An Extremely Hot Time

To journey to the ocean floor, special equipment must be used because the tremendous pressure can crush a submarine like an eggshell. Yet, there are living things there. Even more amazing, they live in  darkness around hydrothermal vents that exude great temperatures and toxic gasses.

The existence of such creatures (and the symbiosis of many) defies evolutionary explanations.
Some locations on earth seem just too extreme to support life. One such extreme environment is vents at the bottom of the ocean that spew out superheated water and toxic chemicals. Yet even here we find an abundance of living things, well designed for life at the extreme.
An ugly gash slices across the earth’s surface, zigzagging 49,700 miles (80,000 km) around the globe. Superheated water gushes out of underwater fissures, spewing clouds of toxic chemicals. Temperatures can reach 700°F (400°C), and pressures can exceed 10,000 pounds per square inch. Surely this should be the most desolate spot on the planet.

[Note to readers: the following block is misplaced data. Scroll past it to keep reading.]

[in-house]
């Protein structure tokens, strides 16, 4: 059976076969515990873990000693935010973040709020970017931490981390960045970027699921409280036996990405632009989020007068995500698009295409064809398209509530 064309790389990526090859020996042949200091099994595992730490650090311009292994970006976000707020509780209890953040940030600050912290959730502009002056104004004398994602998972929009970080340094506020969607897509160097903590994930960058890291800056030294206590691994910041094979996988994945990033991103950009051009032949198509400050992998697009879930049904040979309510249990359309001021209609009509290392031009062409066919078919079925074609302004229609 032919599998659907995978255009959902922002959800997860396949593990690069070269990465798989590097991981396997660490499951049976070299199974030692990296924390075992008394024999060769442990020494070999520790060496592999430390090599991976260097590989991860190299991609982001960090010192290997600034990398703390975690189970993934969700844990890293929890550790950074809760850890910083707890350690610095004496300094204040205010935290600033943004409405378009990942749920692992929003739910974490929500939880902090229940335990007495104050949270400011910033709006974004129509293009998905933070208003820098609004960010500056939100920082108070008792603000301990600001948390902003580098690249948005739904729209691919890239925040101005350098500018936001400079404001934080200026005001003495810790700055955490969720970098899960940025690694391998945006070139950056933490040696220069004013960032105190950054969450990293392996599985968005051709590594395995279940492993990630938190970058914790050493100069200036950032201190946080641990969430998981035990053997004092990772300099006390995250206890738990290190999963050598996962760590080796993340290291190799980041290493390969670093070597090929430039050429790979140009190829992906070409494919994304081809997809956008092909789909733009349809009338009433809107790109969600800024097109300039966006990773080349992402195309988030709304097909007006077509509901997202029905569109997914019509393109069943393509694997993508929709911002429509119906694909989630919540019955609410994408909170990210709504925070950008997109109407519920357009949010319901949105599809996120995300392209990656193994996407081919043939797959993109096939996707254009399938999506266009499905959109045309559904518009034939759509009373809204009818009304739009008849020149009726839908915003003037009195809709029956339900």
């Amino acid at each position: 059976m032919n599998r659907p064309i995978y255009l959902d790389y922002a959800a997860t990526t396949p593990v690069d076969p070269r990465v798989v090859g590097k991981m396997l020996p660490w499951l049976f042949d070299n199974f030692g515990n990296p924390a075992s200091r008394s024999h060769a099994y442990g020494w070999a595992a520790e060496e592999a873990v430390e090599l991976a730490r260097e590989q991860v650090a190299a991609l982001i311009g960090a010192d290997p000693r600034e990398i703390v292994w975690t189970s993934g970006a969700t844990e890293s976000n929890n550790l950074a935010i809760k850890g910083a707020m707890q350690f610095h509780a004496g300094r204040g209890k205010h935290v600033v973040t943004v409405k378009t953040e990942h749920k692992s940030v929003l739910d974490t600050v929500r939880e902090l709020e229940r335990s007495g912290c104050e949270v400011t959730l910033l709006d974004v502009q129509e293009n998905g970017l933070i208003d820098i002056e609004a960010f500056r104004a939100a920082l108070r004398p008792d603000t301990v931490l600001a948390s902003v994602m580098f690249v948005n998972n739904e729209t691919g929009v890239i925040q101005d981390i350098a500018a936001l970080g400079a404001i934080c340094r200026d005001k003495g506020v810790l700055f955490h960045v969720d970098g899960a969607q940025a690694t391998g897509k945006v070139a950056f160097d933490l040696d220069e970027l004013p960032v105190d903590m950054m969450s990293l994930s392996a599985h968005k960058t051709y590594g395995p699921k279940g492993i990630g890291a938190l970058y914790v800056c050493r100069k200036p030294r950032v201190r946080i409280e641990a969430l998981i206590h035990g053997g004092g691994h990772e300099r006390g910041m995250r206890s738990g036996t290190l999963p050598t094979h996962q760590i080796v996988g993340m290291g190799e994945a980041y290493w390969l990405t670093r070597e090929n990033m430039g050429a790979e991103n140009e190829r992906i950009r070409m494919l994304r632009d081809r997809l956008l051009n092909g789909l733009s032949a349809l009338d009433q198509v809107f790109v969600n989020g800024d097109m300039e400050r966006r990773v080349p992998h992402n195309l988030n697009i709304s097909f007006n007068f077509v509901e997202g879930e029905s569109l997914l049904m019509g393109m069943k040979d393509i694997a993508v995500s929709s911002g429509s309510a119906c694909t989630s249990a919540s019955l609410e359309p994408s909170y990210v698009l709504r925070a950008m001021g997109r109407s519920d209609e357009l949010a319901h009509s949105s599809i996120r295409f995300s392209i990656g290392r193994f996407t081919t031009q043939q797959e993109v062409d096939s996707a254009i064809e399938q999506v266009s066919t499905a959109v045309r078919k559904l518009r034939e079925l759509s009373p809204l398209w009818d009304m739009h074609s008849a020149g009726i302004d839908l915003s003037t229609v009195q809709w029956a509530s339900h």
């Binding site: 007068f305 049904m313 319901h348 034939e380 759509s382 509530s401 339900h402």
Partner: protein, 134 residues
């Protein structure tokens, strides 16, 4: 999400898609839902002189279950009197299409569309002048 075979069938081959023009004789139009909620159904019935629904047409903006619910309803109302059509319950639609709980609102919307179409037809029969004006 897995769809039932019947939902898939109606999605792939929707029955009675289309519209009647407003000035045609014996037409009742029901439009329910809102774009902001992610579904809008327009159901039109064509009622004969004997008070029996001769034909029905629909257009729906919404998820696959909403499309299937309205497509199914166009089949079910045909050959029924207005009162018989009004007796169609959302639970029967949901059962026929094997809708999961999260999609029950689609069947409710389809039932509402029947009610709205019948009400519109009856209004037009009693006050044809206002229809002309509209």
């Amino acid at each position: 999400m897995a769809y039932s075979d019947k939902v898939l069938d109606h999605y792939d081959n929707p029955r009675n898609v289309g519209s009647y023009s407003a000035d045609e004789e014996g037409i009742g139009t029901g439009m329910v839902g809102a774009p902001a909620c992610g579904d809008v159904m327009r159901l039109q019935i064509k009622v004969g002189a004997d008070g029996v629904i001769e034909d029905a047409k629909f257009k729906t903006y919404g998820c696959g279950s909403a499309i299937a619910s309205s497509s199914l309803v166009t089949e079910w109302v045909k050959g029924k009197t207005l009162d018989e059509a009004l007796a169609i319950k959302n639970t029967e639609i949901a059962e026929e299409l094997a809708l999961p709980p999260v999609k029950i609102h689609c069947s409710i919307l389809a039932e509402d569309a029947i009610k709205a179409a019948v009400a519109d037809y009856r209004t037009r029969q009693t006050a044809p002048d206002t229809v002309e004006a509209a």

Scientists first discovered hydrothermal (“hot water”) vents in the 1950s and 1960s when improved sonar equipment allowed them to map the ocean floor in rich detail. The vents appeared along mid-ocean ridges, wherever the earth’s plates were pulling apart.
When probes reached these murky depths in the 1970s, scientists were surprised to find a bustling community of bizarre creatures, including giant white crabs and odd worm-like creatures called tube worms. In fact, hydrothermal vents may support the most populous habitat on the planet.
You can read the rest of "Deep-Sea Vents—Life’s Toxic Sanctuary", here.